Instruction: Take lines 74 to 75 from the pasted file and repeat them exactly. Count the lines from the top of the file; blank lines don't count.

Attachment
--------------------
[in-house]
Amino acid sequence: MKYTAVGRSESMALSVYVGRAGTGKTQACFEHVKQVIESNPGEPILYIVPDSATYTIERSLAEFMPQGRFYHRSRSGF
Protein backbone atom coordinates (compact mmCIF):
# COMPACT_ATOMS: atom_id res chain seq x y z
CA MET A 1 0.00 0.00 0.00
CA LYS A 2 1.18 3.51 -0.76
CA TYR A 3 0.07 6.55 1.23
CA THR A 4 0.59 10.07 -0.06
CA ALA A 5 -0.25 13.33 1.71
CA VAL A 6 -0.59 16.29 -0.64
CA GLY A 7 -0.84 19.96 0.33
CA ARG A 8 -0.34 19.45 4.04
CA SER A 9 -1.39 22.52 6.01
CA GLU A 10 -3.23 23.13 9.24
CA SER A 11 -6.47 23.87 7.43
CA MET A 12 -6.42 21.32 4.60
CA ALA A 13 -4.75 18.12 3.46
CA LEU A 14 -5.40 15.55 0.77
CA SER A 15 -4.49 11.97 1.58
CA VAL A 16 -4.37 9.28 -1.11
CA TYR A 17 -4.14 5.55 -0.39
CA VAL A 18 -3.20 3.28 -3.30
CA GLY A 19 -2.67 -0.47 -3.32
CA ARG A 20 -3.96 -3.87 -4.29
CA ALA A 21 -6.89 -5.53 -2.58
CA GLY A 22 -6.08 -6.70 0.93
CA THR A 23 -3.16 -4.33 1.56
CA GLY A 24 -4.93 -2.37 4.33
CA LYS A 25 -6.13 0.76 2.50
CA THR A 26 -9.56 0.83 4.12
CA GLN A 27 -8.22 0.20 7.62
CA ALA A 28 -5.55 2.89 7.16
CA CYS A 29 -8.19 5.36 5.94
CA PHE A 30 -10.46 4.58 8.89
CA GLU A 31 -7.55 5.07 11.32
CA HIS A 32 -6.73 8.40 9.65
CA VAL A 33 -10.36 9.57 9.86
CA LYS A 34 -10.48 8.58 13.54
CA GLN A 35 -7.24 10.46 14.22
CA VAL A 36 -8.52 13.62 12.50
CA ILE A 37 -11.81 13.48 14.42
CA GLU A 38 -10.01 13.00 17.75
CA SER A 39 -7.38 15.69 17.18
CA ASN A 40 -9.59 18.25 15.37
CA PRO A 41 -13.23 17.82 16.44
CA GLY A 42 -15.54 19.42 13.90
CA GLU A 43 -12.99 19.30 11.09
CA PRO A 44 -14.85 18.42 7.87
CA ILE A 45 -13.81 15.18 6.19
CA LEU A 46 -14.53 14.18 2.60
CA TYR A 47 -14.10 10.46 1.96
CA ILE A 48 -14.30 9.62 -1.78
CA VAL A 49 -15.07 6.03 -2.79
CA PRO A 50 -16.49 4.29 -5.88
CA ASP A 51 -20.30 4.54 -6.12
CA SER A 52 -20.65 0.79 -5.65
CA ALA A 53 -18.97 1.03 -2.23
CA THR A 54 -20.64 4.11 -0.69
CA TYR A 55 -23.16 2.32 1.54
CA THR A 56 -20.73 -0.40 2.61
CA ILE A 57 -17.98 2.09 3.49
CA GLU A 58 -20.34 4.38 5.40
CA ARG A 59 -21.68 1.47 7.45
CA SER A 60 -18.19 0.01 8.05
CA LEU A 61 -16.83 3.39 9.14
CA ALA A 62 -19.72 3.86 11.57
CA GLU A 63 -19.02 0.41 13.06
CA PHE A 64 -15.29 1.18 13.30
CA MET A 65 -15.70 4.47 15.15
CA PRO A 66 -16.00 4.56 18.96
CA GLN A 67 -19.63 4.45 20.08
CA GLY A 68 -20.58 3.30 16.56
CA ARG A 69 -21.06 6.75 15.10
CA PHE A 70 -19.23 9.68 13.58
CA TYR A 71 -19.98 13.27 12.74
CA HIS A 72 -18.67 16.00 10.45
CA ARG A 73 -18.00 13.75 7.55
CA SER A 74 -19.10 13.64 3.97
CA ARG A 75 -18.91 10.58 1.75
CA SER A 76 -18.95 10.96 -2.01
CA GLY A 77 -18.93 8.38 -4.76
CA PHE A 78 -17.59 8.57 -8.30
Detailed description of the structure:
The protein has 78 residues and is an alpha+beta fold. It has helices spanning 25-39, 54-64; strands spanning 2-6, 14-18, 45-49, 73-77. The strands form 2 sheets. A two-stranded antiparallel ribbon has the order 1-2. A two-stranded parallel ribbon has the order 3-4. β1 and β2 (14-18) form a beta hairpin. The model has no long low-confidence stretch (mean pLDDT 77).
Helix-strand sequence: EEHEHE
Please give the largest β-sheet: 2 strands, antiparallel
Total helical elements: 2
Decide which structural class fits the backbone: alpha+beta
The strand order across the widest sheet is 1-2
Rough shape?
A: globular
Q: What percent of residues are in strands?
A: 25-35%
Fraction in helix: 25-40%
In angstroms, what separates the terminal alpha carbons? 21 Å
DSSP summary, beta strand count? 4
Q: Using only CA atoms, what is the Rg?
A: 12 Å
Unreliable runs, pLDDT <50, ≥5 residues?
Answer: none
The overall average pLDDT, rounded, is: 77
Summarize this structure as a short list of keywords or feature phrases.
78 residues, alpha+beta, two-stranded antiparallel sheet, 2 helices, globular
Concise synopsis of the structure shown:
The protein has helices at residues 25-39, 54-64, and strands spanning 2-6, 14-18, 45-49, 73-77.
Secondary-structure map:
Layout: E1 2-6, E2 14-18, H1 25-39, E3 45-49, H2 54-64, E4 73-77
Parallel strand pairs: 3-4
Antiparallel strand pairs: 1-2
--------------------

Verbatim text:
CA PHE A 70 -19.23 9.68 13.58
CA TYR A 71 -19.98 13.27 12.74